Turnpike Commission Gambles with Billions

The Pennsylvania Turnpike Commission (PTC) has recently added to its long track record of inefficiency and corruption by using taxpayer funds to enter into 26 interest rate swaps tied to over $2 billion in debt.

Auditor General Jack Wagner called these swaps “gambling with public money” and has asked the Turnpike Commission to terminate the deal.

Interest-rate swaps made the headlines last year when Wagner called for a ban on municipalities from using swaps, after Bethlehem Area School District lost over $10.2 million in interest rate agreements. Wagner now wants independent agencies, like the Turnpike Commission, barred from the practice as well.

So what are interest rate swaps?

Interest-rate swaps are a market tool that allows investors to bet on future interest rates. Two parties (e.g., Turnpike Commission and a bank) make an agreement to pay each other interest on the same principal amount, with one party paying a fixed interest rate and the other party paying a floating rate.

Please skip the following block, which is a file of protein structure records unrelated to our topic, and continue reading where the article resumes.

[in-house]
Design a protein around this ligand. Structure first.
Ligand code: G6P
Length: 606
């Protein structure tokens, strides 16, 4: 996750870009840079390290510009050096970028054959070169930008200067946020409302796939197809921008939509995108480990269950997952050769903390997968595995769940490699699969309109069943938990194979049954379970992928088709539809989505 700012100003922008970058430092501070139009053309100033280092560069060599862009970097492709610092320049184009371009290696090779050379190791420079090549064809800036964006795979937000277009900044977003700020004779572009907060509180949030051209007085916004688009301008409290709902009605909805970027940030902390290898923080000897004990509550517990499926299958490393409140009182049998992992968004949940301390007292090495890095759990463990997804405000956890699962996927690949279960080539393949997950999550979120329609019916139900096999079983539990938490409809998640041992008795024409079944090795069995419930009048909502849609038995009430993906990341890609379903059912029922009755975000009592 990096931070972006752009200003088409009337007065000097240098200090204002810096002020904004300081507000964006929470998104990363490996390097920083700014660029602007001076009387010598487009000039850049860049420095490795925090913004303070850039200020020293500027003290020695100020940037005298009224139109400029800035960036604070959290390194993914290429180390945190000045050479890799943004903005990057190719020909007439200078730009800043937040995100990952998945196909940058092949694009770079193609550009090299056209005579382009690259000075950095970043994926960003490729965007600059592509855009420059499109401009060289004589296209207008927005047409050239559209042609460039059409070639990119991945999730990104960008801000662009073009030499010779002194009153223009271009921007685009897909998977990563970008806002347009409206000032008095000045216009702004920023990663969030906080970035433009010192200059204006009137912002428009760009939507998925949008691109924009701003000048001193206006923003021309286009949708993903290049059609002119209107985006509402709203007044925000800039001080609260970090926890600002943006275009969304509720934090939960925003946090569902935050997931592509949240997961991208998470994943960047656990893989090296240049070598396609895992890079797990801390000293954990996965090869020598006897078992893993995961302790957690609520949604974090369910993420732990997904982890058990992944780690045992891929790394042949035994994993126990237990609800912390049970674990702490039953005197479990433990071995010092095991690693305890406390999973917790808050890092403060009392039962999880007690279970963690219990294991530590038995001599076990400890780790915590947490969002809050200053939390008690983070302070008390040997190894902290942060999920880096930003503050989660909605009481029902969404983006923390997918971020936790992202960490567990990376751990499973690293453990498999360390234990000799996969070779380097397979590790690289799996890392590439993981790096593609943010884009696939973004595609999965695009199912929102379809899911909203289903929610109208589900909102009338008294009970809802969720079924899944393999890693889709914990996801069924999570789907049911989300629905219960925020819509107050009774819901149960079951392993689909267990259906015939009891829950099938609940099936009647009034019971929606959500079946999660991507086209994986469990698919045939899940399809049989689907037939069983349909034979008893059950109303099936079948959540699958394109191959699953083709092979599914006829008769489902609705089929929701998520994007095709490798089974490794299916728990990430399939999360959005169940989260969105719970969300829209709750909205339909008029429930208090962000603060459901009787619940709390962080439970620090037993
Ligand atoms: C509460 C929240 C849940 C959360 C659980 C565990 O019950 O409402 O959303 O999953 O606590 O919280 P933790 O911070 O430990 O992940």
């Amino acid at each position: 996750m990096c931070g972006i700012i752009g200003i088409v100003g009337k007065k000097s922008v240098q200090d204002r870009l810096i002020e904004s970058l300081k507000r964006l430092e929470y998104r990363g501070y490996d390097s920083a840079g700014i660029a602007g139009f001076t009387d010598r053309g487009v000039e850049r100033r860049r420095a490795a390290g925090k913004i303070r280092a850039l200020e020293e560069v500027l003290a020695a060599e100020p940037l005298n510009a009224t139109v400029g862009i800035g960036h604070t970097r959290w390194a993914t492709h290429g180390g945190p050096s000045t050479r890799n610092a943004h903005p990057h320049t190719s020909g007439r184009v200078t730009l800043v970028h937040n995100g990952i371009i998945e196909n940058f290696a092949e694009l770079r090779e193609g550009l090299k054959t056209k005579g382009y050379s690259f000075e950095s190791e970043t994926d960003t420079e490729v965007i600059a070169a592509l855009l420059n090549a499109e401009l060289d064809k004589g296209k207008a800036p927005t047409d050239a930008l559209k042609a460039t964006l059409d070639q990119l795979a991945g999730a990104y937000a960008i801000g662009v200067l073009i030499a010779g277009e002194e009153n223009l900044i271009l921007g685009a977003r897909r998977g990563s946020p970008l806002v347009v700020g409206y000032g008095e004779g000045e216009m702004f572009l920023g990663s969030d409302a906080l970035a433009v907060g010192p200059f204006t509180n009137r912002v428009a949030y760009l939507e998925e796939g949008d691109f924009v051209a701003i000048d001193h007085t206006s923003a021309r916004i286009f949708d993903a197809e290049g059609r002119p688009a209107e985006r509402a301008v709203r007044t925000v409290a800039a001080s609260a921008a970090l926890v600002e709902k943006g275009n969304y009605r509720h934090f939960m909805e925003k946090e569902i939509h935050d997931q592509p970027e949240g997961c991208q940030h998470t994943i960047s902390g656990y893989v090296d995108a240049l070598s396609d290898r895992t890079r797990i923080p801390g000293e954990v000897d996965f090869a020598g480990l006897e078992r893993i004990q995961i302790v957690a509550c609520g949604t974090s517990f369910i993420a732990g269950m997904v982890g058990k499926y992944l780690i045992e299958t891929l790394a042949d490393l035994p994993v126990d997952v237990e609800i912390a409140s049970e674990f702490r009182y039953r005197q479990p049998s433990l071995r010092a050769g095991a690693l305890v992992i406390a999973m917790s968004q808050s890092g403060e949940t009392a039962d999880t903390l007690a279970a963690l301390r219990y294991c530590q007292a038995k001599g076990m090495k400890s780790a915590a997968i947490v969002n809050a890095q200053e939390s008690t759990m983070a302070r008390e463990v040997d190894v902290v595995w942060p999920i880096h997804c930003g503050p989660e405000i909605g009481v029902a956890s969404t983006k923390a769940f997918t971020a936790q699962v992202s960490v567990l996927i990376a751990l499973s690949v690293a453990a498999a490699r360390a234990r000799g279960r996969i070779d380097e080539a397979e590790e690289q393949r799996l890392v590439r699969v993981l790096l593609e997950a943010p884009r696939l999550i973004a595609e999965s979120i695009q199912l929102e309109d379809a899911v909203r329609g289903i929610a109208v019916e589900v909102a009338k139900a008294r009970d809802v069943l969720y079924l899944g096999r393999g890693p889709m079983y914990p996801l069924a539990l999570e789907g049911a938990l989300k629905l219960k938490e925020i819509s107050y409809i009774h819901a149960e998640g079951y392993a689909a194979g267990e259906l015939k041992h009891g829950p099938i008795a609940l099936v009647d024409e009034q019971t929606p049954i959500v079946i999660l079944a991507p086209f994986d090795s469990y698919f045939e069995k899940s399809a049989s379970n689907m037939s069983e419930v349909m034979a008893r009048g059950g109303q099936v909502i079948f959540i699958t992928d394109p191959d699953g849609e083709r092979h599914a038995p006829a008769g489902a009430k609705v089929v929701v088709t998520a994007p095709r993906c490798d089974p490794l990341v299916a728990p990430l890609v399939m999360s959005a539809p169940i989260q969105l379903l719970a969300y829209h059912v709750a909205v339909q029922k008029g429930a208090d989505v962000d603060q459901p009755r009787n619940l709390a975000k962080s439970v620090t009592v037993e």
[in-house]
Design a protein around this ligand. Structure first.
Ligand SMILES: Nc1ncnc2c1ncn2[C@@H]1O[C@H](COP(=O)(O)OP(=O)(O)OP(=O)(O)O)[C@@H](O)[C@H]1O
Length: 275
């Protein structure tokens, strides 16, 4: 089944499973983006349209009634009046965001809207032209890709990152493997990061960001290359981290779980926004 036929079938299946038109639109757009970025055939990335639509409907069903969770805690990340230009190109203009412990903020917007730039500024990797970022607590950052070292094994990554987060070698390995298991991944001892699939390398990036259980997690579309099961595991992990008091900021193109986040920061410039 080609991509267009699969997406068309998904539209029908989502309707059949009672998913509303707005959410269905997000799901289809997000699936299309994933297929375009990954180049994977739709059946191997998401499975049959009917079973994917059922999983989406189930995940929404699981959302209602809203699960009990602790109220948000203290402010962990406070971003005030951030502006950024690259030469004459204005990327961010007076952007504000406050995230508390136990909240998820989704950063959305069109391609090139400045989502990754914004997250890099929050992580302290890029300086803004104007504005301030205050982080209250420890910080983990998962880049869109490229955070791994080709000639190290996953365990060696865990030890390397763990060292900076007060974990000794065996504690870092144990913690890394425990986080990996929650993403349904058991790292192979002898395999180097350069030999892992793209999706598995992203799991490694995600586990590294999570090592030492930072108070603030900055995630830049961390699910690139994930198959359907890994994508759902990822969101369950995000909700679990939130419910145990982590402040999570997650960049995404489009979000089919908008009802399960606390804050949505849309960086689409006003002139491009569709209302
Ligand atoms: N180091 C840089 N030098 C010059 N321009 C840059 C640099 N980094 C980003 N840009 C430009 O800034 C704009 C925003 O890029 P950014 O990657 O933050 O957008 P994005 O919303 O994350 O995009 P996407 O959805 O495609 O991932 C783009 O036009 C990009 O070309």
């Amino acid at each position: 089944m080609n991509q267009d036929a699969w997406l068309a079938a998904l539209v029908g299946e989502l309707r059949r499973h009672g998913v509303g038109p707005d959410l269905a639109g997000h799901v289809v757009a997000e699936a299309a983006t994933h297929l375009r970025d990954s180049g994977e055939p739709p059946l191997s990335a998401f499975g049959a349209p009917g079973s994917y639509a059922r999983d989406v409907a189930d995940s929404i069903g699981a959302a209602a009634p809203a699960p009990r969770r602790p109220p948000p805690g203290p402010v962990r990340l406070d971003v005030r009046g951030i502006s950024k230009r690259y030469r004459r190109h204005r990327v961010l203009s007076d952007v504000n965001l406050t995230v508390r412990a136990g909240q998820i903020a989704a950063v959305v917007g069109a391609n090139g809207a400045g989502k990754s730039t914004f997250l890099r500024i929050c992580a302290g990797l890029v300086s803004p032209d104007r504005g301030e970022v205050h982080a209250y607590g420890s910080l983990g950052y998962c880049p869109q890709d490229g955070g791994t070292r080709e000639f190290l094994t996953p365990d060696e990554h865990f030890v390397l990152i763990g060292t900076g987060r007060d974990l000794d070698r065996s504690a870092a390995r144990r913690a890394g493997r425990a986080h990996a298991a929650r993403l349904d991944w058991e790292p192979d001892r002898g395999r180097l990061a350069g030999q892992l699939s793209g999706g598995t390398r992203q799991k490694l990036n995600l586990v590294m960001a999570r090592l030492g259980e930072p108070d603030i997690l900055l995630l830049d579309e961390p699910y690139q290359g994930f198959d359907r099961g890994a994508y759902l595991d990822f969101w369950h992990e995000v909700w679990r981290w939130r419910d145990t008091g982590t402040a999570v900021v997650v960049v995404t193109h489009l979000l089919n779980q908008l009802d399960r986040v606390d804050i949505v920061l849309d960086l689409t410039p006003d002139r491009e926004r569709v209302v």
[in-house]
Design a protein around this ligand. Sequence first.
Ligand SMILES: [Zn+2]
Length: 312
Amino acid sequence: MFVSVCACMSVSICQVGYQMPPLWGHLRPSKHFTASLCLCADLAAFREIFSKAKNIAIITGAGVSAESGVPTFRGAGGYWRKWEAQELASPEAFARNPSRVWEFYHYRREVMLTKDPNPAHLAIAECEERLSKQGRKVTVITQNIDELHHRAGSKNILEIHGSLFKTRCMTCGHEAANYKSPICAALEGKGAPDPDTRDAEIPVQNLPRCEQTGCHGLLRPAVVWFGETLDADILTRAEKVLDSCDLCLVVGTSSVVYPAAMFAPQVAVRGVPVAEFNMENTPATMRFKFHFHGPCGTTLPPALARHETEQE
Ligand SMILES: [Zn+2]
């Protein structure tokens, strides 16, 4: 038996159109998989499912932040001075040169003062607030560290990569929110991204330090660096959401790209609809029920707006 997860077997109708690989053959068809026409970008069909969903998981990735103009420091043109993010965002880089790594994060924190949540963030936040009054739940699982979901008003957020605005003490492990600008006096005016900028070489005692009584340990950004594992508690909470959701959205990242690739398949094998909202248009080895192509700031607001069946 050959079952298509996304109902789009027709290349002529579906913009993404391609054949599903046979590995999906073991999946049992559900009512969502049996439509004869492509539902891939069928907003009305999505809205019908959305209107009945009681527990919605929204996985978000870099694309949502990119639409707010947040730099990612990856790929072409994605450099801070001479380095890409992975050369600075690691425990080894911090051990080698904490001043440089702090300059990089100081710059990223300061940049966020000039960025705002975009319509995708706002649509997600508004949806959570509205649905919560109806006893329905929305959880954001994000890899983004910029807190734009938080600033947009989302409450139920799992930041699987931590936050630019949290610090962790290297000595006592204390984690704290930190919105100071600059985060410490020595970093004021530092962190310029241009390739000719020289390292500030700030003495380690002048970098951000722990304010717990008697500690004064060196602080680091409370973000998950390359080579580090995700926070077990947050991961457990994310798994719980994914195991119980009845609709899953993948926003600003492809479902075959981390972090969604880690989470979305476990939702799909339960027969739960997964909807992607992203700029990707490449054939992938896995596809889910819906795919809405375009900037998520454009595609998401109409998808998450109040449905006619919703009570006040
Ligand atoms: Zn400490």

• If interest rates rise, the party paying the fixed rates benefits, but if interest rates fall the party paying the floating rate benefits.

The Bethlehem Area School District took out a loan with a floating rate. The district, expecting interest rates to rise in the future, wanted to lock in a fixed rate and entered into a rate swap with a bank. The bank would pay the floating rate to the school and the school would pay a fixed rate to the bank. This worked well until the market crashed in 2008 and interest rates plummeted. The school district ended up paying out far more than it received.

Not only is speculating on interest rates risky but entering into such a swap involves numerous fees for which taxpayer funds are put on the line.